This Advent season, iAt reflects on each week’s theme (Hope, Peace, Joy, & Love) and how the promise of the incarnation transforms how we view what’s happening in our culture today. We continue this week with Peace.
I don’t know what it is like to be you, but when I think of “trust” in my life, I first want to make some clarifications: Because I am human and live in a real and broken world, I have trusted people and regretted it. Yet, I have also withheld trust from those who didn’t deserve my withholding.
The God we encounter in Scripture hears the cries of mothers wailing for their children but is not moved by the smug self-righteousness of those who claim there is a proper and orderly way to flee for one’s life.
The consolation of the sufferer is the fact that God does not abandon the human in her hour of most desperate need.
Christ knew that a time was coming when his identity would be revealed – when the curtain of the temple would be torn in two, when the stones would cry out, when an empty tomb would proclaim that truly, he was the son of God. But it was not yet.
Christ did not remain in the tomb, but rose and lives.
Part of living like a disciple of Christ is recognizing the foolish and scandalous nature of the cross, which stands in stark opposition to the pride and self-love that dominate our Orpah-ian responses in the ebb and flow of Christian life.
The difficulty of discerning truth and the humility in that discernment do not negate the responsibility to look out for what is dangerous and harmful.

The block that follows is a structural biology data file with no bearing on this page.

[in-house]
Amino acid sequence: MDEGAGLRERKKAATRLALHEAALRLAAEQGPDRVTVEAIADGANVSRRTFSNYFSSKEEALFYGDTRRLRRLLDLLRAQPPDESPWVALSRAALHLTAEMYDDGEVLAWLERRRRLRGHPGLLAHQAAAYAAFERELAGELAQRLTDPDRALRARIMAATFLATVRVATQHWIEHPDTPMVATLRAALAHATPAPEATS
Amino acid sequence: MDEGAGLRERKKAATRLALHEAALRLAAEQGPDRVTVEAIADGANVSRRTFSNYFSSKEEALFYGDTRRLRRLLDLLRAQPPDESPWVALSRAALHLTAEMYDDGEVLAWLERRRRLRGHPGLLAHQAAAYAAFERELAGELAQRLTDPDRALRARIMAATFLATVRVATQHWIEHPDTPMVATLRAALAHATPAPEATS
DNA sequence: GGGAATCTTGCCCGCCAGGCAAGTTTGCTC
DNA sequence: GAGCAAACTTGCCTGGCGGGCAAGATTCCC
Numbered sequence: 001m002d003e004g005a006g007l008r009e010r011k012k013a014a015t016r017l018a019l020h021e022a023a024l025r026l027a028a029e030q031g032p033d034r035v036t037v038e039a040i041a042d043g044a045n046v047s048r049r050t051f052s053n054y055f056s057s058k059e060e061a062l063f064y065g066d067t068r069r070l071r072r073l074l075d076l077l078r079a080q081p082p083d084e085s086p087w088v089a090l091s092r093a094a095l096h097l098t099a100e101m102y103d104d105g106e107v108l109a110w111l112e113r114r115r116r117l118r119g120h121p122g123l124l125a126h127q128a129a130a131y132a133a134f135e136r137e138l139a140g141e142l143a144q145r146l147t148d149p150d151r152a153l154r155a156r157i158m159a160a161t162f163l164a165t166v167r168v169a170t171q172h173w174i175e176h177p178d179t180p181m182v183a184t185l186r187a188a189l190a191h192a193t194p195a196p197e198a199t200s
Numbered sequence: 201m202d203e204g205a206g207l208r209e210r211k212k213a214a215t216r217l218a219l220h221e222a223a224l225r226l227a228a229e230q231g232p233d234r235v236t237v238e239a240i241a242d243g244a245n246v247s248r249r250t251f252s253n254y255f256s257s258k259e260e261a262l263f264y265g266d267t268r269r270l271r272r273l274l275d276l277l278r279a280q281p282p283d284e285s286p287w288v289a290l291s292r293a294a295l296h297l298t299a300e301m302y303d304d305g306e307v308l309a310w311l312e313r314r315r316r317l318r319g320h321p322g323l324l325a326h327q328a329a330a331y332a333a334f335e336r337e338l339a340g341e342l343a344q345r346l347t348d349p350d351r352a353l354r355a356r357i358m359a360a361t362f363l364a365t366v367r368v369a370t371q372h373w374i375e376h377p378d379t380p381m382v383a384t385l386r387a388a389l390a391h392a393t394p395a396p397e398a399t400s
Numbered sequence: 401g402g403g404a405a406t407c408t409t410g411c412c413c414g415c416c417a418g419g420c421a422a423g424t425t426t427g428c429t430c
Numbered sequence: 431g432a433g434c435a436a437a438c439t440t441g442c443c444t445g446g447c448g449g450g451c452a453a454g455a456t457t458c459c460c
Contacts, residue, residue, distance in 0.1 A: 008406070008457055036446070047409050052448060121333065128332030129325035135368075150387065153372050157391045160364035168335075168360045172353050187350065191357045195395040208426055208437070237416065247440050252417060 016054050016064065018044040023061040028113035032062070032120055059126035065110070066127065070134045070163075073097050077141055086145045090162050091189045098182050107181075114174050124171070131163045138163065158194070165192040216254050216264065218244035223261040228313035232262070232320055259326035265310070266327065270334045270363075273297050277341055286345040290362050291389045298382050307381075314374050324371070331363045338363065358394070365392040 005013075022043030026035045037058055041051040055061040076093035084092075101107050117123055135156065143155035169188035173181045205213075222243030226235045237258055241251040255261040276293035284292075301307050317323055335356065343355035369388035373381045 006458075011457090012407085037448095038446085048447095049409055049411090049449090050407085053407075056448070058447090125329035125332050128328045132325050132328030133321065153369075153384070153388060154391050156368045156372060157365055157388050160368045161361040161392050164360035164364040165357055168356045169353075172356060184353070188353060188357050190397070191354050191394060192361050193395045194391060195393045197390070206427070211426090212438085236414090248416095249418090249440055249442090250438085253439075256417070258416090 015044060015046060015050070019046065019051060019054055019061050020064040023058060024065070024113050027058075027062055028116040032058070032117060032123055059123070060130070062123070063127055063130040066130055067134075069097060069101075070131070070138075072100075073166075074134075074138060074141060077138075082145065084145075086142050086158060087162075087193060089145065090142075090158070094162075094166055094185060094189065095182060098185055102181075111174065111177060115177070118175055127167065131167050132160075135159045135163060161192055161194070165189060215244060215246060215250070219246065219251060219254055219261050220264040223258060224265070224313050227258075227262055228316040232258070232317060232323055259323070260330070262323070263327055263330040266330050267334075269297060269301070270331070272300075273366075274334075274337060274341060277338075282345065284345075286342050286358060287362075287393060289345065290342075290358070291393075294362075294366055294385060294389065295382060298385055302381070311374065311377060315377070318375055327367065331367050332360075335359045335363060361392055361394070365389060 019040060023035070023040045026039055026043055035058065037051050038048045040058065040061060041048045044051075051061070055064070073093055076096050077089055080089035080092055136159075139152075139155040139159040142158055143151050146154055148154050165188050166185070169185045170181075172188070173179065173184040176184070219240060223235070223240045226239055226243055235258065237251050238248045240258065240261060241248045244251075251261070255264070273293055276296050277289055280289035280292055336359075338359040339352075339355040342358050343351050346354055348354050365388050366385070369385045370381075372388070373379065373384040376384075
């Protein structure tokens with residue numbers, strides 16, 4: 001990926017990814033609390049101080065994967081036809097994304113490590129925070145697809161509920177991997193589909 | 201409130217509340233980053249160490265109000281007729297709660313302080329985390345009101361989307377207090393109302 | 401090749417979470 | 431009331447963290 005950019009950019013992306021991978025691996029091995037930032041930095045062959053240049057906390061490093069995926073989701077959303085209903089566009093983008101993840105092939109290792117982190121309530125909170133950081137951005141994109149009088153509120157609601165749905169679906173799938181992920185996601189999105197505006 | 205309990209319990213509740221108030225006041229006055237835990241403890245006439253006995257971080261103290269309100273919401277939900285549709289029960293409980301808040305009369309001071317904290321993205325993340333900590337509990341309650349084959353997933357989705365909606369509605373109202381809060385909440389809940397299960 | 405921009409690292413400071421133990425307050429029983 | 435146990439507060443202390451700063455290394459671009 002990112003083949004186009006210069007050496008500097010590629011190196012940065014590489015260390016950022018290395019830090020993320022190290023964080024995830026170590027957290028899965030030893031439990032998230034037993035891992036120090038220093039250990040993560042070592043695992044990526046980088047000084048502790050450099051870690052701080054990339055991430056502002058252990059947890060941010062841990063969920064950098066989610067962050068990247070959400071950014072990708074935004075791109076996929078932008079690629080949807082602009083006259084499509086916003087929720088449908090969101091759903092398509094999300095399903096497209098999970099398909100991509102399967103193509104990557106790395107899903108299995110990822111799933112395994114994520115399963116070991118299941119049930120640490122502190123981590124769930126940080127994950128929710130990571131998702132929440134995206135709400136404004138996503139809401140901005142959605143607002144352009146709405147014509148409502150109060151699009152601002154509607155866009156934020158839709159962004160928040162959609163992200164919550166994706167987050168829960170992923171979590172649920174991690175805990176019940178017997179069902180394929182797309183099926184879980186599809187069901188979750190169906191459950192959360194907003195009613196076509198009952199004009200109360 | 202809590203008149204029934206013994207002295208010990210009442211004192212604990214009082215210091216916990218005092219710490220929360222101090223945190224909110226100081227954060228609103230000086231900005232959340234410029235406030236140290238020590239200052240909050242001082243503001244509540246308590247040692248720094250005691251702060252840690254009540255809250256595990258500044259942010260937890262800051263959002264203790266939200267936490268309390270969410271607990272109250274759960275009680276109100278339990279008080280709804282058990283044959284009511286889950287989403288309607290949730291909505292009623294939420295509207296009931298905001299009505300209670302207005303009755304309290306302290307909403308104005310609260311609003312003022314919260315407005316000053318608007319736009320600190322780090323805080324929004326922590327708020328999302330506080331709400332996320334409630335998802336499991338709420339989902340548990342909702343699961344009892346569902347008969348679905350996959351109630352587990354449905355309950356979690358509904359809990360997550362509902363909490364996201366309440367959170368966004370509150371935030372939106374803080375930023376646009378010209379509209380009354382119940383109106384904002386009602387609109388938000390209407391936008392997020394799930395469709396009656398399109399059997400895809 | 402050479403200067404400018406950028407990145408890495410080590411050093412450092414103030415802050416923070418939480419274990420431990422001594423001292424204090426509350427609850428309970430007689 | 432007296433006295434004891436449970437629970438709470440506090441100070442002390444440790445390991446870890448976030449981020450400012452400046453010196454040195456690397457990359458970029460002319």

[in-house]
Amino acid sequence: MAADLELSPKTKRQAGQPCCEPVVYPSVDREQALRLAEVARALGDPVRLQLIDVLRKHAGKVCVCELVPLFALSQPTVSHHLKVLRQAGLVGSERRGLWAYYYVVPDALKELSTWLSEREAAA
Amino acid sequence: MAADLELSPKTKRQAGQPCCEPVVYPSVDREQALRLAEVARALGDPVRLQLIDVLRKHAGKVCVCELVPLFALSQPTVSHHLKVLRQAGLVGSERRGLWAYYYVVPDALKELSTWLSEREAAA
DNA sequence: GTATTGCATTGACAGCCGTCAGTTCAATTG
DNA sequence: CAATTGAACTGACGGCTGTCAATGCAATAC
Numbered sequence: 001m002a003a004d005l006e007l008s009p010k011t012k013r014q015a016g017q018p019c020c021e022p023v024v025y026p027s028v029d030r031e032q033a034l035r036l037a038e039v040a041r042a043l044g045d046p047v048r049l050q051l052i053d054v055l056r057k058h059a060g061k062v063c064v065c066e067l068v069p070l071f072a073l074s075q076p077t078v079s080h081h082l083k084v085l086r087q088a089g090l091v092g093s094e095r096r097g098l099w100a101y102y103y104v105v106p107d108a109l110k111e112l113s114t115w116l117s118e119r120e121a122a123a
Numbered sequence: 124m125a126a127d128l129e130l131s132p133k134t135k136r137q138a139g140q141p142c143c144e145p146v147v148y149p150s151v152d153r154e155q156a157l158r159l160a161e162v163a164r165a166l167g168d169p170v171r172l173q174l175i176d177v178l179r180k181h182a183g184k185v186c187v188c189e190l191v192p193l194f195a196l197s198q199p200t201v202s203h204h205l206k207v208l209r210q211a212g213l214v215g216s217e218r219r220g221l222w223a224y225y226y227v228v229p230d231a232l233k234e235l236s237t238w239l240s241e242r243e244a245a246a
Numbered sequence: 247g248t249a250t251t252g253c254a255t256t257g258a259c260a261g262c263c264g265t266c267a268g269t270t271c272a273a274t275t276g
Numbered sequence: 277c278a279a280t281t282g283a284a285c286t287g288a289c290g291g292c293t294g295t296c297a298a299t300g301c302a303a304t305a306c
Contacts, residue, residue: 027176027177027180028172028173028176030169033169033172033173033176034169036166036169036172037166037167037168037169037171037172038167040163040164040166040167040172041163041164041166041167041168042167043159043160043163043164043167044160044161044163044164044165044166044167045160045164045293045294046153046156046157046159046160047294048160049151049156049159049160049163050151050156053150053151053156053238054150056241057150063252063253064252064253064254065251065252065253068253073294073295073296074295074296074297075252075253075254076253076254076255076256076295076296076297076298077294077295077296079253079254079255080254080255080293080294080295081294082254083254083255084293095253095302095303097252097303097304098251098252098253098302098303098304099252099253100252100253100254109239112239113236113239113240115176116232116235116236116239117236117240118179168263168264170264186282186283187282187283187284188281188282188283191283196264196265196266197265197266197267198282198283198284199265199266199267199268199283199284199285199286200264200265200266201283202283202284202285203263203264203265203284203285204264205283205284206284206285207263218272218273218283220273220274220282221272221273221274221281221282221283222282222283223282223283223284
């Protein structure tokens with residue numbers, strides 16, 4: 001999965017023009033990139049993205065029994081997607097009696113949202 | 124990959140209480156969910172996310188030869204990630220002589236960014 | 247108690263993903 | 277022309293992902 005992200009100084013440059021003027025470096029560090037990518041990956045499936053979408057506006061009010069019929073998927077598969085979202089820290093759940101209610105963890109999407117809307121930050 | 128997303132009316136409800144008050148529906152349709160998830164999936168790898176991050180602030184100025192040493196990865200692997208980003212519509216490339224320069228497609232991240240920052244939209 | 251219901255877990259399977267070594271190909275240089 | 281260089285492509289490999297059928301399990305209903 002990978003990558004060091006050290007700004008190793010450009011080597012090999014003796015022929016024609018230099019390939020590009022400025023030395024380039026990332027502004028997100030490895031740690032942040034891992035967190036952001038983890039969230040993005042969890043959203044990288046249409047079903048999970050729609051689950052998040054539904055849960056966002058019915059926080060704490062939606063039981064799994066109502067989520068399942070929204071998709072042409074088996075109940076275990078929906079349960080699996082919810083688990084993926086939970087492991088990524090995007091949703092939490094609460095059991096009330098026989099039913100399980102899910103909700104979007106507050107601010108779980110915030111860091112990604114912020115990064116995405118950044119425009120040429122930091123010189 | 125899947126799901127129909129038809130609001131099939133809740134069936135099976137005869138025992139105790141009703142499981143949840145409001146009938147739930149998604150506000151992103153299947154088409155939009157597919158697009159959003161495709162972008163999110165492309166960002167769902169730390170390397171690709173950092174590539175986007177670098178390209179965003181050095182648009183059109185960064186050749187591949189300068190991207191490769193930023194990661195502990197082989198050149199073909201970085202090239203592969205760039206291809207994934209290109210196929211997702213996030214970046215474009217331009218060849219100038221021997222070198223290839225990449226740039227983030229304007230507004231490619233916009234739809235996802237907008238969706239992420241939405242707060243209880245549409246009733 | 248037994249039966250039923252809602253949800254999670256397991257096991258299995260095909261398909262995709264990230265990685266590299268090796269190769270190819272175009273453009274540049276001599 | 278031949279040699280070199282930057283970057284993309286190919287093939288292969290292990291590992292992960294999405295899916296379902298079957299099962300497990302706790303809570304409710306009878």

If we want to catch people for Christ, we need to be sure to do both parts. We need to be willing to listen for God and expect God to speak in even the most mundane parts of our day.
In the same way, if we let our jealous, bitter, hateful thoughts toward another person—or situation—lead our heart and desires, we will forget about Christ. Ridding these thoughts from our minds is hard work, but realizing we need Christ back at the center of our lives—instead of jealousy, anger, frustration, or discontentment—is the first step in letting God redeem us.
This season is a reminder that “we are children, not of the slave but of the free woman. For freedom in Christ has set us free.” Whether we are old or young, we are all children that have been set free by Christ.
Our primary strategy is the vitalization of local congregations where Christ brings flourishing of human life.
How do we join with Christ in this mission? Whom shall we heal? What can you do this week to reach the blind, the misguided, the incapable, the broken, the confident ones, those who tremble, those who are humble, those who call Him Lord? When you minister to each of these, you join with Christ in his healing mission.
A series of reflections on the healing mission of Christ.
The images of sheep and shepherd are woven throughout the Old Testament scriptures. From the image of David the shepherd who became king to the prophet Isaiah’s sheep going astray, these strokes paint for us a picture of a Messiah who shepherds his flock. So why is the character of a good shepherd one we should remember during Advent?
Let us give thanks for the coming of the King, the righteous judge, the one with the authority to pass judgment over death itself, and the one who delivers His people from every sorrow into everlasting joy and peace.
There’s a scene in the 2006 Will Ferrell movie Talladega Nights: The Ballad of Ricky Bobby in which Will Ferrell’s character, Ricky Bobby, is saying grace before a meal. He addresses his prayer explicitly to “baby Jesus.”